MIAMI – In Miami, the U.S. Coast Guard is urging Cuban-American families to stop financing the dangerous business of smuggling people from Cuba to the United States.
So far, though, those pleas have fallen on deaf ears as the lucrative trade in human cargo continues to grow and more men, women and children die at sea. Based on recent reports, the Coast Guard believes as many as 65 people may have died in Cuban smuggling trips since Nov. 24.
"I find it particularly frustrating and deeply disturbing that some in the South Florida community, and some Cuban-American families in particular, continue to support illegal and life threatening migrant smuggling," said Rear Admiral David W. Kunkel, Commander of the Seventh Coast Guard District.
Arguing that paying migrant smugglers directly funds organized crime, Kunkel added, "Some members of the community are also tacitly supporting these criminals by failing to report suspicious activity or looking the other way."
Smugglers – not saviors, criminals
The biggest problem, Coast Guard officials say, is that the smugglers are not gentle saviors driven by a humanitarian urge to reunite Cuban families separated by decades of political strife. Instead, they are seen as increasingly organized criminals who charge upwards of $10,000 per passenger. In order to make the most money possible per trip, they cram way too many people on small speedboats, provide no safety gear and venture out on unpredictable seas that can turn fierce with little warning.
In taking the unusual step of pointing fingers at the U.S.-based families who pay for the smuggling trips, the Coast Guard is desperately trying to avert what it sees as a looming disaster. As more speedboats head from Florida under cover of night to pick up passengers from Cuba, the risks grow and the likelihood of even more deaths as sea rises dramatically.
Within just the last few weeks there have been several tragic examples: As many as 40 people from Perico, Cuba – including perhaps a dozen children – are believed to have died on a failed smuggling voyage aboard a boat chartered in Miami.
A short time later, two more people drowned and more were thrown into the sea when another smuggling boat capsized near the Cuban coast. In yet another incident, a Cuban man was airlifted to Miami in a coma after he struck his head on the deck of a speedboat that was trying to outrun the authorities.
Now there are reports still being investigated that shortly after midnight New Years Eve, at least 21 Cubans ended up in the water near Key Biscayne. Four of the men made it to land and notified police. The Coast Guard and Miami-Dade County authorities then pulled 17 more people from the ocean, including three 7-year-old children, a 6-year-old, a 22-month-old and a 10-month-old infant. Authorities suspect the passengers were forced off a smuggler's boat and were told to swim for shore, because a search turned up no evidence of any other craft they might have used.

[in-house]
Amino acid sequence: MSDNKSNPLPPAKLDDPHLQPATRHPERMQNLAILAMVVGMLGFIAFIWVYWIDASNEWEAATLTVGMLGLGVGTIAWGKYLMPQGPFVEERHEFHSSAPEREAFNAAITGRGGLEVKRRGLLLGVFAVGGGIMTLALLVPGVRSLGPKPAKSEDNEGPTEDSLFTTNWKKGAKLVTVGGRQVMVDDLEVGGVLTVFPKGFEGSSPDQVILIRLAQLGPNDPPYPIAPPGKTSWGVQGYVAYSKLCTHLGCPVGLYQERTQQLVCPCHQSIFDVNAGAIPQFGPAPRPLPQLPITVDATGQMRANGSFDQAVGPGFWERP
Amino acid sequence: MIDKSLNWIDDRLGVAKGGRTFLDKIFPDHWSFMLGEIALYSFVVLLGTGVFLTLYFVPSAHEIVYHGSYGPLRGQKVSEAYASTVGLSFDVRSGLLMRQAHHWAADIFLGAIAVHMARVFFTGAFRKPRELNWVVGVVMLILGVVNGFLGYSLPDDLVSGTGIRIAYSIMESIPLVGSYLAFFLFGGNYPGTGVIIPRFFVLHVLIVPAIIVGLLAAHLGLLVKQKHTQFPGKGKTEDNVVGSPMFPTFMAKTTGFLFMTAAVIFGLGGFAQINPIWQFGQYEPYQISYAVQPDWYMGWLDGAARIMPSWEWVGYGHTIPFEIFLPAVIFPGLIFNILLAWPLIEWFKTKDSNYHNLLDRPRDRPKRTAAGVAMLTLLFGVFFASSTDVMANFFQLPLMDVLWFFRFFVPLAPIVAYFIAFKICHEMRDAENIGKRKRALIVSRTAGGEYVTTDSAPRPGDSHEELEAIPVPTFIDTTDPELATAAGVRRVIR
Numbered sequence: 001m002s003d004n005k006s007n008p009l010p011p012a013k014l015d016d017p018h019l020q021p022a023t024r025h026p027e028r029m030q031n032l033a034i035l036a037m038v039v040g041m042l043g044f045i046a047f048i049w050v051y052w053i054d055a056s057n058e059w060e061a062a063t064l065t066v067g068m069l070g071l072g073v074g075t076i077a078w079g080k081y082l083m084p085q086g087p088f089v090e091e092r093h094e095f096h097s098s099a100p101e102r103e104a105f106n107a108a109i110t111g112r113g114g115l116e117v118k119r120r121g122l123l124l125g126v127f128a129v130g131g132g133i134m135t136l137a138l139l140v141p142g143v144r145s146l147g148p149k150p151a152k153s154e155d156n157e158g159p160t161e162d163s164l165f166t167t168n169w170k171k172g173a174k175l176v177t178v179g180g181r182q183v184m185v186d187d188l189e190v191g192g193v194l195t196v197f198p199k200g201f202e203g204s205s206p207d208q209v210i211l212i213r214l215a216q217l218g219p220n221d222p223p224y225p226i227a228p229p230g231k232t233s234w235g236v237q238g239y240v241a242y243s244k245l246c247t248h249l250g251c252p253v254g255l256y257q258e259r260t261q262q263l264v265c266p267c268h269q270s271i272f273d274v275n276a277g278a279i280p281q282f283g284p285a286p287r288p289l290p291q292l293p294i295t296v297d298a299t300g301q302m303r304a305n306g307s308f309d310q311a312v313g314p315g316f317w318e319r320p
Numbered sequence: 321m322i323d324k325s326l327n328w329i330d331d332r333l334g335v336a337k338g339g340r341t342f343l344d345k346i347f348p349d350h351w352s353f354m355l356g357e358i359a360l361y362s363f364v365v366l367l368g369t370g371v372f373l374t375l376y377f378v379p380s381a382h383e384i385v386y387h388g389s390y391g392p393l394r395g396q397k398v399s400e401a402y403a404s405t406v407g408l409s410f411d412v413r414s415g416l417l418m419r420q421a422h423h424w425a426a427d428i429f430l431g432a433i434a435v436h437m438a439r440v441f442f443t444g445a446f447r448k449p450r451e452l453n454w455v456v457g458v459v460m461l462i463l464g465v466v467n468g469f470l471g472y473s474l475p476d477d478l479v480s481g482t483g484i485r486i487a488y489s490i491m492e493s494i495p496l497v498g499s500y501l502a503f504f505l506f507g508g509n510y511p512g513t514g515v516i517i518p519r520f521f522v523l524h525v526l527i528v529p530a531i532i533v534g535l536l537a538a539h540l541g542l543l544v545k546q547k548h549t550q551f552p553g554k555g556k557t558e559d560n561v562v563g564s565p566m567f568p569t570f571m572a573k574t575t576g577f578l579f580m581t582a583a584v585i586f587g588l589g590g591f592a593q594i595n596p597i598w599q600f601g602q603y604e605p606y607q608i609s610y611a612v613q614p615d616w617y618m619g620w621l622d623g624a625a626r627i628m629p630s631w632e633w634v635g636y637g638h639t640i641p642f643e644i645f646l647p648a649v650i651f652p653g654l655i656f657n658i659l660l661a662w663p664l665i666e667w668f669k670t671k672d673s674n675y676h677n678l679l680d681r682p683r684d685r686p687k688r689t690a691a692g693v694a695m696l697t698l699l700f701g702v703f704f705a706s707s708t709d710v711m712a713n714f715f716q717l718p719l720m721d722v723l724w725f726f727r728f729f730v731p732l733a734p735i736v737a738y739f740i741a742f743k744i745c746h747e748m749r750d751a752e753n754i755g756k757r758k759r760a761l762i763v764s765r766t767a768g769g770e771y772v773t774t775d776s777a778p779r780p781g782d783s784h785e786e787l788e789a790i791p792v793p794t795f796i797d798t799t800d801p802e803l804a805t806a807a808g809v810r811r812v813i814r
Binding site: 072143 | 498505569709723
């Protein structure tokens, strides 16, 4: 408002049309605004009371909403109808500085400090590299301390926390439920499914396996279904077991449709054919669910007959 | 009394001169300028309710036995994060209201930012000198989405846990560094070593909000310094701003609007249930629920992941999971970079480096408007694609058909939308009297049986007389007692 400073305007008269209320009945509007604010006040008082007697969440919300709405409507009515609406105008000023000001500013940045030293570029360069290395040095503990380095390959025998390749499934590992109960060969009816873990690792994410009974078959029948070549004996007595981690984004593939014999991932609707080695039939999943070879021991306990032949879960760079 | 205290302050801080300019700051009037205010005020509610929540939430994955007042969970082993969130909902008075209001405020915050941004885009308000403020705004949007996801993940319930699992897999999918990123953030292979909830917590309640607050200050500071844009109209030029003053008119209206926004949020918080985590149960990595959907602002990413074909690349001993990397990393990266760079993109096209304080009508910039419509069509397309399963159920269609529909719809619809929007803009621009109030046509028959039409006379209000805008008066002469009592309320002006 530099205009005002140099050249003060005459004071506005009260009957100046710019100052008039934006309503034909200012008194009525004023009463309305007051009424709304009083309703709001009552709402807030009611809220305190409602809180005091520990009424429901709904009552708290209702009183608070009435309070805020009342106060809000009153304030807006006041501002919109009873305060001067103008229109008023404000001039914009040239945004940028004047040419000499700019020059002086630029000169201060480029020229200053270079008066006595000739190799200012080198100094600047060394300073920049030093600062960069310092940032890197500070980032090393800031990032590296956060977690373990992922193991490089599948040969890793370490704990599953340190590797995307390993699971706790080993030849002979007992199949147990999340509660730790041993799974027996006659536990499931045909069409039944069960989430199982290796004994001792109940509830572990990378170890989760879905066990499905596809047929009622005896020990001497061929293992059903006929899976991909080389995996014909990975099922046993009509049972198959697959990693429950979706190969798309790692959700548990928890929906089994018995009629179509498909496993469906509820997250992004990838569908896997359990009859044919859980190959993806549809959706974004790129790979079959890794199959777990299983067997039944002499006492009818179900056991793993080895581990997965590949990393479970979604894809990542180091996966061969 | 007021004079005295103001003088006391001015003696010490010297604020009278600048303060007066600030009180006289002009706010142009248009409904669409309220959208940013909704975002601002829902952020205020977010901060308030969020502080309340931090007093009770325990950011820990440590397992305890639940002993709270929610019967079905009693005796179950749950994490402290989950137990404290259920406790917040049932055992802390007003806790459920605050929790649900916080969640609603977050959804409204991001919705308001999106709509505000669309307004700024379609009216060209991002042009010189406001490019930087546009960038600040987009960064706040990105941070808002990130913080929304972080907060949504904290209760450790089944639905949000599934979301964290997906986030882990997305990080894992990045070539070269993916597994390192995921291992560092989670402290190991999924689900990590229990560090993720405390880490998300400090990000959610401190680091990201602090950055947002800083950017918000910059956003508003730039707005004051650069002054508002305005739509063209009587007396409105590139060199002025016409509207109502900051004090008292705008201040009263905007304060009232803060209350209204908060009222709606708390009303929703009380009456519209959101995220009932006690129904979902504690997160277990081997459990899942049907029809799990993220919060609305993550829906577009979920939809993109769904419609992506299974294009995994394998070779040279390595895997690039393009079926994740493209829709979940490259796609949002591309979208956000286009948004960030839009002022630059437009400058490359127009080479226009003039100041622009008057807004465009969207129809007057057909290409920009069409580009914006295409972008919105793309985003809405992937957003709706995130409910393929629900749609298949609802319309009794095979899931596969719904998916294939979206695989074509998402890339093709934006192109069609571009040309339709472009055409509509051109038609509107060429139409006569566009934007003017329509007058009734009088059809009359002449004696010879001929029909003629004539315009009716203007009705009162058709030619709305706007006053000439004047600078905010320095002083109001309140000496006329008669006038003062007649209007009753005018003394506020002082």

Never to be known is how many boats capsized at sea without any trace at all, or how many people in broken-down vessels simply drifted off course and died horribly on the huge and unforgiving ocean.
Reasons for taking huge risks
There are many explanations and arguments for why people would take such risks to leave Cuba. U.S. officials blame what they describe as the Castro regime's failed political, economic and social policies. Many of the passengers have told us that life in Cuba has simply become too uncertain and unbearable to stay.
Cuban authorities blame U.S. immigration policy for luring Cubans to the United States with the promise of political asylum if they set foot on American soil.
Many in South Florida claim that restrictions on travel and sending money to the island are causing Cuban-Americans to take drastic measures to reunite with their family members. And there are widespread arguments in both countries that the legal process for granting U.S. visas to Cubans is too slow and unwieldy.
Coast Guard hoping to halt 'human tragedy'
Without entering the political fray, the U.S. Coast Guard, from a pure safety standpoint, is strongly urging families to wait out the legal immigration process and to quit hiring the smugglers who callously risk the lives of their loved ones for profit. When the families stop paying, the smugglers will be out of business.
"The Coast Guard, and our partners in border security, need the help of the community to bring migrant smuggling – and the human tragedy that accompanies it – to an end," said Kunkel. "Just like cops on the beat, we need a community that refuses to tolerate criminal behavior."
Right now, though, the illicit trade is not only being tolerated, it is booming and on the rise, with more and more families likely to face the unimaginable tragedy of having unintentionally paid for the serious injuries or even deaths of those they love.